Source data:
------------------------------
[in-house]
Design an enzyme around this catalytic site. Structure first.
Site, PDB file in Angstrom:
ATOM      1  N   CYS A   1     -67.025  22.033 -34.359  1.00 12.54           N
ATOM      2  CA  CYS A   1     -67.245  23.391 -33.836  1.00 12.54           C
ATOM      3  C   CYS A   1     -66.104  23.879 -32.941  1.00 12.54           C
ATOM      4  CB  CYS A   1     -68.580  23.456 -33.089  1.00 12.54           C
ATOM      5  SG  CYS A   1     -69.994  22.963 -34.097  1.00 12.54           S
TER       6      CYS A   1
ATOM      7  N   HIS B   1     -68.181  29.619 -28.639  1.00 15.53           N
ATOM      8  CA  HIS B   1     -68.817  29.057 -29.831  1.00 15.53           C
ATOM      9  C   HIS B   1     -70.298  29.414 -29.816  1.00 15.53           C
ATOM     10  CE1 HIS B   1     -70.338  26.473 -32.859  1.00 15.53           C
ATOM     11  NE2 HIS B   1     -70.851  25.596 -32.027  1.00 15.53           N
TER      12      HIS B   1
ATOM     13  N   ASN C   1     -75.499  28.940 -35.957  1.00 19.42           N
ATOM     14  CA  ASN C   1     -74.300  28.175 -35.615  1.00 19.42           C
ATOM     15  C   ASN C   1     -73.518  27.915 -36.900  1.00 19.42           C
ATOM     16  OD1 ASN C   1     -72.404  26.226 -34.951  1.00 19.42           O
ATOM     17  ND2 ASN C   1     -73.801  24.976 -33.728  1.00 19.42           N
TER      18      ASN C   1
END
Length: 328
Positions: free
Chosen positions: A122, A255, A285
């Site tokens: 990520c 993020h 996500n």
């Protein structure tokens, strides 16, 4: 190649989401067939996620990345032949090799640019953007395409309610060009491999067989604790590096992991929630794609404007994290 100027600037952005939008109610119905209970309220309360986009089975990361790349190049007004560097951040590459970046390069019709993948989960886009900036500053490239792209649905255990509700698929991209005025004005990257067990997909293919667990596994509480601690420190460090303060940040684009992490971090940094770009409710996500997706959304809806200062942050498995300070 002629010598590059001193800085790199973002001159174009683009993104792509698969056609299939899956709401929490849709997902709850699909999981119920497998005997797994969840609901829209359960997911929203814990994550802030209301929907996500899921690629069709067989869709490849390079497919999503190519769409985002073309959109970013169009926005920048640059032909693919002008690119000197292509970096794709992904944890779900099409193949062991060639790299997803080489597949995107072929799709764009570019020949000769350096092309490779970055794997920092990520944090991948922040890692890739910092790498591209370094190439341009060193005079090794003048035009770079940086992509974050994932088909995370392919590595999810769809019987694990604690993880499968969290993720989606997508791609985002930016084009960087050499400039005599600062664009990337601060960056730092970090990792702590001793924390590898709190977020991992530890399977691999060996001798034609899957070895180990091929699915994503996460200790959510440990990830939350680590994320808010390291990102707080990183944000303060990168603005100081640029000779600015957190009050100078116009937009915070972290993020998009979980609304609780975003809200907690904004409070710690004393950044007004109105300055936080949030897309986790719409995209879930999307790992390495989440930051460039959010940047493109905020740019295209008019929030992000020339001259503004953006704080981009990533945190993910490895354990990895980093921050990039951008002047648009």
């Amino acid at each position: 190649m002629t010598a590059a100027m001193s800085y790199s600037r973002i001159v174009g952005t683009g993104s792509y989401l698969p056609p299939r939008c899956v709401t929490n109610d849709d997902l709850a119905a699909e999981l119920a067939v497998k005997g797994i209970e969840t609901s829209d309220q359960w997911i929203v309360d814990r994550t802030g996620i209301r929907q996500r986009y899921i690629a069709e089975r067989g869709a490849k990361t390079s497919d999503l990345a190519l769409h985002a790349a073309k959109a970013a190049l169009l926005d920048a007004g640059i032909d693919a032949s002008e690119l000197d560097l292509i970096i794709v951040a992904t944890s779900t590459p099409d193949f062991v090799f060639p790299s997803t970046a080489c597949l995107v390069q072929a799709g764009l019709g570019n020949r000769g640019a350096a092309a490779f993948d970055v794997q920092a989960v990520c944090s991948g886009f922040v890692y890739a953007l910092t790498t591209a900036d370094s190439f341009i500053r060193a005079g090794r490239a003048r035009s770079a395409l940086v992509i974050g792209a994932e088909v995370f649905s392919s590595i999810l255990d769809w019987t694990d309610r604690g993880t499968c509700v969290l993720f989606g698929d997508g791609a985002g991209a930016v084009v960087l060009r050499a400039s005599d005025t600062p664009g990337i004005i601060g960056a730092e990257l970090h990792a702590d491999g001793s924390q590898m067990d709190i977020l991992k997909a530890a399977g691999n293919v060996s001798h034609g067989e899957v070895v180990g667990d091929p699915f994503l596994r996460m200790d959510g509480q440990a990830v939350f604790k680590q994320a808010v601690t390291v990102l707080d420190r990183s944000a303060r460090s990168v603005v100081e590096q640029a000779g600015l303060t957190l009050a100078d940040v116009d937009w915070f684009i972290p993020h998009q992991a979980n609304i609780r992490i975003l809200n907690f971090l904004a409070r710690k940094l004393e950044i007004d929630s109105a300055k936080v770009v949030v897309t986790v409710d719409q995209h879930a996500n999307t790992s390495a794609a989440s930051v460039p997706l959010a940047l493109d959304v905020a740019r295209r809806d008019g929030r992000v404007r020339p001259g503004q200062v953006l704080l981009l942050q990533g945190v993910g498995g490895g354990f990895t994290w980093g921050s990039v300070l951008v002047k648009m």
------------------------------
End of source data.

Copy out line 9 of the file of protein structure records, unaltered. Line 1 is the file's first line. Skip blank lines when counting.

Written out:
TER       6      CYS A   1